Show Less
Restricted access

Language and Cognitive Aspects of Child Bilingualism

Research Observations and Classroom Applications

Series:

Maria Andreou

This book investigates how bilingualism affects children’s language, cognitive and narrative abilities. The data sample derives from 209 8-12 years old bilingual children, in three different targeted languages (Greek-English, Greek-German, Greek-Albanian) along with 100 monolingual Greek children. The children completed baseline and experimental tasks measuring their vocabulary, grammar, cognitive skills, and narrative production abilities. The outcome of this work reveals that learning to read and write in two languages is beneficial for the development of language and cognitive skills. A strong case can be made to the growing bilingual communities in Germany and beyond to provide literacy training in both languages within mainstream schools, afternoon classes outside of the curriculum or in community schools.

Show Summary Details
Restricted access

8 Discussion

Extract

The overarching aim of this book is to explore the interaction between bilingualism, language and cognitive abilities. To this end we considered several factors that can affect bilinguals’ performance on linguistic and cognitive tasks, such as age of onset, age at the time of testing, biliteracy, educational setting, language input in past and current activities, and dominance as independent variables.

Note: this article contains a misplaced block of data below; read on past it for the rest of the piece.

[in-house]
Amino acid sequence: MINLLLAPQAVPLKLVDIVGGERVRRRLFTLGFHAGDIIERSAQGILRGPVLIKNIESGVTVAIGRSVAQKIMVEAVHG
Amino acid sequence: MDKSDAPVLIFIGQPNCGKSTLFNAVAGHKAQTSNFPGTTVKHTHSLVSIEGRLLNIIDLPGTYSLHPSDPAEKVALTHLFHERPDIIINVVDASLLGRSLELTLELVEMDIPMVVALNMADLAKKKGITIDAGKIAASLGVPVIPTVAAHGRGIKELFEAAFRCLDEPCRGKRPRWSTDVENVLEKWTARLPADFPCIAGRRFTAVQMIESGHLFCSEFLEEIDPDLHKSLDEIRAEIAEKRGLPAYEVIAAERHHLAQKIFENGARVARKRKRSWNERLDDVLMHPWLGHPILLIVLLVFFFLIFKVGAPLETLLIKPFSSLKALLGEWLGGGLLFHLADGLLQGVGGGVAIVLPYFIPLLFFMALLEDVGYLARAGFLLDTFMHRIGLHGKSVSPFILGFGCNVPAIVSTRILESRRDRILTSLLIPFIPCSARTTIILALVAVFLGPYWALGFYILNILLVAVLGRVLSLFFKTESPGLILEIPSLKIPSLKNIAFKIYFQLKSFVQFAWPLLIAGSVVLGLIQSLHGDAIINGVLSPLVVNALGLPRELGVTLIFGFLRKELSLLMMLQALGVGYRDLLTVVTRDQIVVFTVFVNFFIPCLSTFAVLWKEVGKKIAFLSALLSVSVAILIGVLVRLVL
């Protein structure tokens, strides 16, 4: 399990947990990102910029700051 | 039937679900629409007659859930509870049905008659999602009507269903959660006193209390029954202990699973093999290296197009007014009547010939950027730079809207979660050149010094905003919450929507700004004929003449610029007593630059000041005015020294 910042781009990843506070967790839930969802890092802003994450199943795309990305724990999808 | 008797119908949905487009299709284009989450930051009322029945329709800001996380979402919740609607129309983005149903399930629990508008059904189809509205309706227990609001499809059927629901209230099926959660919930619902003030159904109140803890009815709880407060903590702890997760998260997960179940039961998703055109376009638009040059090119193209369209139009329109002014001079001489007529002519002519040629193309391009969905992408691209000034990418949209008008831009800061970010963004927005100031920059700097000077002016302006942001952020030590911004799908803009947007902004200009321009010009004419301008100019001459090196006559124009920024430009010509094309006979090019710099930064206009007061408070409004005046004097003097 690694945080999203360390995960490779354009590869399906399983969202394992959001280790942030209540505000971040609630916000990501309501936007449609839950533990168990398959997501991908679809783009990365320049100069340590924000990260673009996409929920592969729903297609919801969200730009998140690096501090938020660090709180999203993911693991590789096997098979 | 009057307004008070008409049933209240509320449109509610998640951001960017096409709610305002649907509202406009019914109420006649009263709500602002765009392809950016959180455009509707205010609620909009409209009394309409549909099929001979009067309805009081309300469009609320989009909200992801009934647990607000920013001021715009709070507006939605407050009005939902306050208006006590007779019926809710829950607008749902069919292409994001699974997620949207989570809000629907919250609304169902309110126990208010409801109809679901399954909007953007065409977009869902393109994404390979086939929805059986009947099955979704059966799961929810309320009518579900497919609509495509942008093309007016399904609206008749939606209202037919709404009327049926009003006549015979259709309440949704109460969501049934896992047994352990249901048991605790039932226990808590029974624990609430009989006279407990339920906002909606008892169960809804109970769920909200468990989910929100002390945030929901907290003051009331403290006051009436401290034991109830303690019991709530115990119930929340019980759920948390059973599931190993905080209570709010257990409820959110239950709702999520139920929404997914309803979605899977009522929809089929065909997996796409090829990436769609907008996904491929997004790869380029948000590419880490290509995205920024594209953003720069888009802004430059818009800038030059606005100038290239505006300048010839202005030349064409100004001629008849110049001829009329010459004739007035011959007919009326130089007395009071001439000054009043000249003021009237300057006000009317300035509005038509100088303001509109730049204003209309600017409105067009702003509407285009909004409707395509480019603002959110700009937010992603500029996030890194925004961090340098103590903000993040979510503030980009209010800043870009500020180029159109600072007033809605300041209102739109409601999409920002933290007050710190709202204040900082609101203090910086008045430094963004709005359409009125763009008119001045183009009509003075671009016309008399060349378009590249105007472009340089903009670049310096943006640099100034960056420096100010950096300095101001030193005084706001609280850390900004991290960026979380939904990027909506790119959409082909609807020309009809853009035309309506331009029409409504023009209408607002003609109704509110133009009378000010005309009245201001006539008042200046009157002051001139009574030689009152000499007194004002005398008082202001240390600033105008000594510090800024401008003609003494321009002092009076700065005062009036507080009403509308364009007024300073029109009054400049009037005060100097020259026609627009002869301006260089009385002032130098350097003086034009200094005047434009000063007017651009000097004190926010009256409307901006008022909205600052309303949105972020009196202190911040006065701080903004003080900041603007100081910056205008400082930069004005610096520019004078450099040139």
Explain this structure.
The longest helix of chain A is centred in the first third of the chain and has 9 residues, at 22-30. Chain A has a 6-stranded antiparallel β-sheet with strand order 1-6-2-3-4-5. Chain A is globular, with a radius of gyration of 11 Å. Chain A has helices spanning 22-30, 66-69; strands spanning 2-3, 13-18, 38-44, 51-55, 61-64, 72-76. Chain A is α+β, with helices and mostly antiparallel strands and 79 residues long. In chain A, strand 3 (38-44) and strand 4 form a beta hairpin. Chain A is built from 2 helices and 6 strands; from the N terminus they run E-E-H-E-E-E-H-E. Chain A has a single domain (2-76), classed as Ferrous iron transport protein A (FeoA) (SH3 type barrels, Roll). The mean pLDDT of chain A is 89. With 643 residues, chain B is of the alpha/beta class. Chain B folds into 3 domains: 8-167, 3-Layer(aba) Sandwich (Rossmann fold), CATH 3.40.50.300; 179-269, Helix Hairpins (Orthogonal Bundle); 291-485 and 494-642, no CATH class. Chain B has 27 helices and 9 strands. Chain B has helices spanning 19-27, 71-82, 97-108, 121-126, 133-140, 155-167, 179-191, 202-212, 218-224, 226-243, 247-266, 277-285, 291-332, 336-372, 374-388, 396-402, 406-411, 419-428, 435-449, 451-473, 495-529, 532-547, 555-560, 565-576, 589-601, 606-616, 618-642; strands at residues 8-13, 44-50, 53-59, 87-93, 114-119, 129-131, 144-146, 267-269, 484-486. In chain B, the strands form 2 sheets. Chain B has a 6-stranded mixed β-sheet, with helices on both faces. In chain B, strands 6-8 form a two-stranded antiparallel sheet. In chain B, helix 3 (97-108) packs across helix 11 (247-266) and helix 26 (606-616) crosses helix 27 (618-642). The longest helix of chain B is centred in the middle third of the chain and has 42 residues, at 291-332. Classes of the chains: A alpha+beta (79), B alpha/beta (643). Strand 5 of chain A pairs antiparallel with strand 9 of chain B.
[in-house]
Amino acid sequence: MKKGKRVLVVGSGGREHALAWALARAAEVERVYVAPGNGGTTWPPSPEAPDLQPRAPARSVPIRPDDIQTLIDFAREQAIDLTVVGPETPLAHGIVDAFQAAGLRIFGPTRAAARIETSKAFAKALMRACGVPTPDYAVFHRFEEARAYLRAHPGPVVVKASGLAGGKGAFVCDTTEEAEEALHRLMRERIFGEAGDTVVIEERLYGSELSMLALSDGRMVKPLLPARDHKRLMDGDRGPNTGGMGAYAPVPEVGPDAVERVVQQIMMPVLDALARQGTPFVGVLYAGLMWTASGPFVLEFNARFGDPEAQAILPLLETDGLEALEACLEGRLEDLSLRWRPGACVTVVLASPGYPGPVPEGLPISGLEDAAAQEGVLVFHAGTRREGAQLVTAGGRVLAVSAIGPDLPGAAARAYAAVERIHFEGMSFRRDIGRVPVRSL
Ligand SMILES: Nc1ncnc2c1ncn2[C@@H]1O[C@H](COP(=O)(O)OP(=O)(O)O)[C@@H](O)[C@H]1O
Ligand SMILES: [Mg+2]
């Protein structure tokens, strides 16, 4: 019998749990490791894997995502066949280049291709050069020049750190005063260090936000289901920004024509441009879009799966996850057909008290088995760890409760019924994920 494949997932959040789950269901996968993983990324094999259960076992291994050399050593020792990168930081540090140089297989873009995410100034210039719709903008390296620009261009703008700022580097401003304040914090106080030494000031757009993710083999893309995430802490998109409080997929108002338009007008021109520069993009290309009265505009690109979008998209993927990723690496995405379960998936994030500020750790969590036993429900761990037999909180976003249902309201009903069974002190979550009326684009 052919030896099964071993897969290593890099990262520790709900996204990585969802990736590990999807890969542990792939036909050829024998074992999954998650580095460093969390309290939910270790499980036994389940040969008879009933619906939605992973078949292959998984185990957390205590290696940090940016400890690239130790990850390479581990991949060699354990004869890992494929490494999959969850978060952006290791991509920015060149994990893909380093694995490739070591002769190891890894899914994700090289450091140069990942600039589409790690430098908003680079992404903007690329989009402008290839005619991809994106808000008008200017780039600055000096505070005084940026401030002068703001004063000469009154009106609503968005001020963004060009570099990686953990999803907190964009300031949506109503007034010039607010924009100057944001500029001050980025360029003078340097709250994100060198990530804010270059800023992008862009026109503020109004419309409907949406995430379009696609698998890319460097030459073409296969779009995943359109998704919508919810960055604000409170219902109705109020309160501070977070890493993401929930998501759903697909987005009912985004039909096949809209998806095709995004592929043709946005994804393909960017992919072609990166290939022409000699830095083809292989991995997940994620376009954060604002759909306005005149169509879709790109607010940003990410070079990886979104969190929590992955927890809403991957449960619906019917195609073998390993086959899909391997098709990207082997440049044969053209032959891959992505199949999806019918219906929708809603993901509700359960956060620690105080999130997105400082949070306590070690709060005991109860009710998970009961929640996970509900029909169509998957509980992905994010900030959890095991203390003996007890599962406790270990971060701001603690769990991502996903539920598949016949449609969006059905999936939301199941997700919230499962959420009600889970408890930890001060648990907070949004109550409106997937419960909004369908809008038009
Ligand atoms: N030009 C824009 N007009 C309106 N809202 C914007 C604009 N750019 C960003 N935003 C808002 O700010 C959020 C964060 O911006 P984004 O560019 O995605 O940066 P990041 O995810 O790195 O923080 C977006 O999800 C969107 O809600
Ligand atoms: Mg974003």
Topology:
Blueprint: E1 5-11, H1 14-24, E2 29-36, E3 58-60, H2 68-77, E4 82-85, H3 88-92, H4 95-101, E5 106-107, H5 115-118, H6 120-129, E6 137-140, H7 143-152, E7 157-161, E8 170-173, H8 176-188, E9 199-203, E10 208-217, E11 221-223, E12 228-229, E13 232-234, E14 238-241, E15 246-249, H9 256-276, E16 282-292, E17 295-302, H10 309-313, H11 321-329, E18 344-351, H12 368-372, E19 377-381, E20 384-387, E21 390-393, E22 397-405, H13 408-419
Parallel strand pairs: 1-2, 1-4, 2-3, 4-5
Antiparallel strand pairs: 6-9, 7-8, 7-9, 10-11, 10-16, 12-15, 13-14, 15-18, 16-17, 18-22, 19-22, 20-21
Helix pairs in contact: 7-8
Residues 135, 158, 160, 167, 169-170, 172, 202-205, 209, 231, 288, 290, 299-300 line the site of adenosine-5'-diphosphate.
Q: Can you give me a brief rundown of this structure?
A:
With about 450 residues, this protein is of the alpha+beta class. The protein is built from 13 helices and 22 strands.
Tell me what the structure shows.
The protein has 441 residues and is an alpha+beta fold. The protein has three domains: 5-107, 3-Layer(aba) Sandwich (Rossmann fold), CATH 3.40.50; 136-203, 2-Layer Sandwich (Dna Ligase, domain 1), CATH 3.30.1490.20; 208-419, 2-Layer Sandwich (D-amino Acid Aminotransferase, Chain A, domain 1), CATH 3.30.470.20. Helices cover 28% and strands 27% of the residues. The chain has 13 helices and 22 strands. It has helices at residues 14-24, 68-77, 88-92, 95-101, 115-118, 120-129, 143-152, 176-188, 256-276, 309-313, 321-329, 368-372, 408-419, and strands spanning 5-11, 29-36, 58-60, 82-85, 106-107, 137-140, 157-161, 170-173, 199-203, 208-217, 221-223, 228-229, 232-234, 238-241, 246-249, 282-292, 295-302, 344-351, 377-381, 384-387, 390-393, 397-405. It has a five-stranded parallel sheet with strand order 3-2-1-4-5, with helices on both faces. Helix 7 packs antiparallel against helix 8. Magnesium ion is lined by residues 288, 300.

The first research question of the study concerns the domains of vocabulary and morphosyntax. In particular, we wanted to see what factors predict vocabulary and grammatical abilities of bilingual children and if and how they differ from monolinguals.

Up to now there has been much discussion in the literature on bilingual children’s vocabulary, especially on the properties that differentiate among bilinguals and thus lead some of them to have similar performance with their monolingual peers and others to lag behind their control group. Many studies show that when only one language is considered, bilingual children typically underperform their monolingual peers (e.g., Marchman, Fernald and Hurtado 2010; Patterson and Pearson 2004), whereas in other studies (e.g., Pearson 1993) results, show a similar performance between bilinguals and monolinguals. In this study we chose to investigate bilingual children’s vocabulary knowledge by examining them on expressive vocabulary skills in both languages of all language pairs.

Although, as is well-known, expressive vocabulary causes greater difficulties to bilinguals than receptive vocabulary, we decided to focus on expressive vocabulary as it has been shown to be more related to syntactic ability...

You are not authenticated to view the full text of this chapter or article.

This site requires a subscription or purchase to access the full text of books or journals.

Do you have any questions? Contact us.

Or login to access all content.